As the world reacted to the news that the NFL might soon see its first openly gay current player last night, so did anonymous NFL club officials. The feedback from decision makers around the league was not nearly as positive as the general public’s.
Sports Illustrated’s Pete Thamel and Thayer Evans polled eight NFL executives and coaches, and the overwhelming consensus was that the announcement would hurt Michael Sam‘s draft stock. The redshirt senior from the University of Missouri is predicted as a mid- to late-round draft pick, but one NFL player personnel assistant told SI he doesn’t feel football is ready for an openly gay player.
“In the coming decade or two, it’s going to be acceptable, but at this point in time it’s still a man’s-man game,” the assistant said. “To call somebody a [gay slur] is still so commonplace. It’d chemically imbalance an NFL locker room and meeting room.”
Three general managers and one scout spoke on the condition of anonymity to The MMQB’s Peter King, with one GM saying his team had discussed the issue at draft meetings in recent days.
“First of all, we don’t think he’s a very good player,” the GM told King. “The reality is he’s an overrated football player in our estimation. Second: He’s going to have expectations about where he should be drafted, and I think he’ll be disappointed. He’s not going to get drafted where he thinks he should. The question you will ask yourself, knowing your team, is, ‘How will drafting him affect your locker room?’ And I am sorry to say where we are at this point in time, I think it’s going to affect most locker rooms. A lot of guys will be uncomfortable. Ten years from now, fine. But today, I think being openly gay is a factor in the locker room.”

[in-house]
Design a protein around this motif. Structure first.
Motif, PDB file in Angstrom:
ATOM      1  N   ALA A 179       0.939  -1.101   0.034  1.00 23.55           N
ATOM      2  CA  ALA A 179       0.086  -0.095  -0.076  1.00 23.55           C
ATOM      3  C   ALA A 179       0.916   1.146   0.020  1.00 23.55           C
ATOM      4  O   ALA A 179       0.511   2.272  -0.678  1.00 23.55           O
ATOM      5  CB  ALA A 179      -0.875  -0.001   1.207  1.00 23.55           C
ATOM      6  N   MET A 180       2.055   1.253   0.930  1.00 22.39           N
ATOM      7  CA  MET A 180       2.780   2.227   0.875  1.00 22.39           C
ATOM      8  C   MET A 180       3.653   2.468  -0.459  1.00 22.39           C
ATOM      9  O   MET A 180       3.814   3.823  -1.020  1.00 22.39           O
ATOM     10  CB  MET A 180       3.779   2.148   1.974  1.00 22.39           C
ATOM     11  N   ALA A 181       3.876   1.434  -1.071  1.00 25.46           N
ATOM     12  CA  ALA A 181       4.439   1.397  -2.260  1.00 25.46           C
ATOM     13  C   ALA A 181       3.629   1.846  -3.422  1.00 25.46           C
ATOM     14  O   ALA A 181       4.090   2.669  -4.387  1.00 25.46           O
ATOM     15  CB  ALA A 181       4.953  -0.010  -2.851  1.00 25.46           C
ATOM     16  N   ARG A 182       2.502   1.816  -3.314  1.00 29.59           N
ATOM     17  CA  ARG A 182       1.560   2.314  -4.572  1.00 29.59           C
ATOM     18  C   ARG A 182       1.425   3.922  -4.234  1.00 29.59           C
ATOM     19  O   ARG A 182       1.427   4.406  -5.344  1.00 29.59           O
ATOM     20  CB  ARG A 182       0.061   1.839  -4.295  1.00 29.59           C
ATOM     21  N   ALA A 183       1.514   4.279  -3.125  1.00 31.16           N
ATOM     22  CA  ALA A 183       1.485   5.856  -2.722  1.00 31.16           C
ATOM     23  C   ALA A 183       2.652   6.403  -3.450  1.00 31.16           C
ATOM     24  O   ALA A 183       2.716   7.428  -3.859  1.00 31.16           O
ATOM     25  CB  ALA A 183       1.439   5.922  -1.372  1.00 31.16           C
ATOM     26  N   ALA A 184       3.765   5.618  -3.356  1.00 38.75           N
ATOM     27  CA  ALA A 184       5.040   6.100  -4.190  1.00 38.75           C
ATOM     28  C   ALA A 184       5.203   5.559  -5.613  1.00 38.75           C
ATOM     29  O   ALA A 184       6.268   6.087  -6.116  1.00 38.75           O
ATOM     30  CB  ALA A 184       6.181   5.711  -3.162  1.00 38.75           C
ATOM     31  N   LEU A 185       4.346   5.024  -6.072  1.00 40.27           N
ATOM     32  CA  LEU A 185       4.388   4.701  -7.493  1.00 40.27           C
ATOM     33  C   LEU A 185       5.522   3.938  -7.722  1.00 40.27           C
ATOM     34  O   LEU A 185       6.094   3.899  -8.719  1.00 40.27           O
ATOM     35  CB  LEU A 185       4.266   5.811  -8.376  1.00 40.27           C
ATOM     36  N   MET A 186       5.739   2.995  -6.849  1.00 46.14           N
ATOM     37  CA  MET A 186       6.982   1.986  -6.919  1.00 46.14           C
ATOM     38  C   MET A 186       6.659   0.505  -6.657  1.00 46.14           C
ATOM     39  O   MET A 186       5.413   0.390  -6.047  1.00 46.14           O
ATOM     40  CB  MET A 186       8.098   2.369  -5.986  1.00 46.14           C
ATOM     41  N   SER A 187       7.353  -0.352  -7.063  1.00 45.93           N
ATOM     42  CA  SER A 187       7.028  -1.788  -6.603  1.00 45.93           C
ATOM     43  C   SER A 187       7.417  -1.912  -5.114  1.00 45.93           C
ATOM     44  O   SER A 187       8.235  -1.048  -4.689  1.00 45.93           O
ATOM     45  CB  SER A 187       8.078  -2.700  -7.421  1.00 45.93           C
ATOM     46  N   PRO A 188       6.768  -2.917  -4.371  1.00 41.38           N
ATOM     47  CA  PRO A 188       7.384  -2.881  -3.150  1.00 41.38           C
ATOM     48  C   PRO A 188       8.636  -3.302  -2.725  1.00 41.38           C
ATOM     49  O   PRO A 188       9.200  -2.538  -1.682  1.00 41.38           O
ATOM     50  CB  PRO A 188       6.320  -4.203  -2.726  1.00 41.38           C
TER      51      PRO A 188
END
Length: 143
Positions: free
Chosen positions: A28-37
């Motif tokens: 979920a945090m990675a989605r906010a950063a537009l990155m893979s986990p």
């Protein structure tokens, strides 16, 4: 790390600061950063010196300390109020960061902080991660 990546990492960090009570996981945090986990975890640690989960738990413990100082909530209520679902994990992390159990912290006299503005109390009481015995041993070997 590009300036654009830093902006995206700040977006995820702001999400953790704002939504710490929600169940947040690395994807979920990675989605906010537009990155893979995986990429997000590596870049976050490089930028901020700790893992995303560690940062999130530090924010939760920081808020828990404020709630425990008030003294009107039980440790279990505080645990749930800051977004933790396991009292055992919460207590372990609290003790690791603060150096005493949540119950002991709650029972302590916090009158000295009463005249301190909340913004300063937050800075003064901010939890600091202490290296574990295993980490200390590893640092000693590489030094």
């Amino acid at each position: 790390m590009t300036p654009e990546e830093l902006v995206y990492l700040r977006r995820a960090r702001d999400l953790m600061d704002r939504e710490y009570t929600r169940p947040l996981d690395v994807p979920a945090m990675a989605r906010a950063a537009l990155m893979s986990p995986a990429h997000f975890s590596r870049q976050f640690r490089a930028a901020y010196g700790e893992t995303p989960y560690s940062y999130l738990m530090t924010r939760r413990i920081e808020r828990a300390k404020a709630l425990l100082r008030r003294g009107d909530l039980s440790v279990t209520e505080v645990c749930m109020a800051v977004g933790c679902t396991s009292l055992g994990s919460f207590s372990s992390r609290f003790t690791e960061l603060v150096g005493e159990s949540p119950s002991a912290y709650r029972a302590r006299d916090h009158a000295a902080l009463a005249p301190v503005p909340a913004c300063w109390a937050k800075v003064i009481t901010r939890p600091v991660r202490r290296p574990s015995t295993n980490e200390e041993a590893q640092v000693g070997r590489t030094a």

The results were more positive today, as a legion of owners and coaches – each of whom were willing to put their names with their words – voiced their support for a potential gay player as a member of their team. Giants co-owners Steve Tisch and John Mara backed Sam loudly, in statements to TMZ and Conor Orr of The Star-Ledger respectively. Meanwhile, one team personnel executive told NFL.com columnist Judy Battista that he could see owners pushing their coaches and personnel staff “it’s OK” to draft Sam.
Other notable league personnel to come out in support of Sam include Bears GM Phil Emery, Packers coach Mike McCarthy and Patriots owner Robert Kraft. Kraft’s coach, Bill Belichick, released a statement via the team’s website, expressing that he and the Pats pursue players “who can best contribute to our team and organization, regardless of the matters being discussed today.” The league also released its own statement in support of Sam and his efforts.
Stepping away from the issue of Sam’s personal life, NFL Network draft analyst Mike Mayock said he has a “pretty good feel” for the undersized Southeastern Conference defensive player of the year, projecting him as a third- to fifth-round pick.
“He’s an explosive kid who’s much better going forward than he is going backward,” Mayock told Philly.com’s Paul Domowitch. “His size would dictate he’s got to be a linebacker, but I don’t think his physical skill-set dictates that, and therein lies the rub.”
With the NFL scouting combine less than two weeks away, each team will have its opportunity to interview Sam with this historic news out in the public. Sam’s performance at the combine could go a long way in defining his draft value, which was murky even before his announcement — given his size and speed, there are questions about whether he’ll have a true NFL position. A strong showing at the combine, along with impressive interviews with NFL teams, should solidify his place as a mid-round pick, particularly given the outcry of public support from various owners and executives today.
We’ll have to wait until May to know definitively what sort of effect Sunday’s announcement will have on Sam’s draft stock. But if the Missouri alum has shown anything to us this far, it’s that he’s mature beyond his 24 years and ready for whatever life has to throw at him next.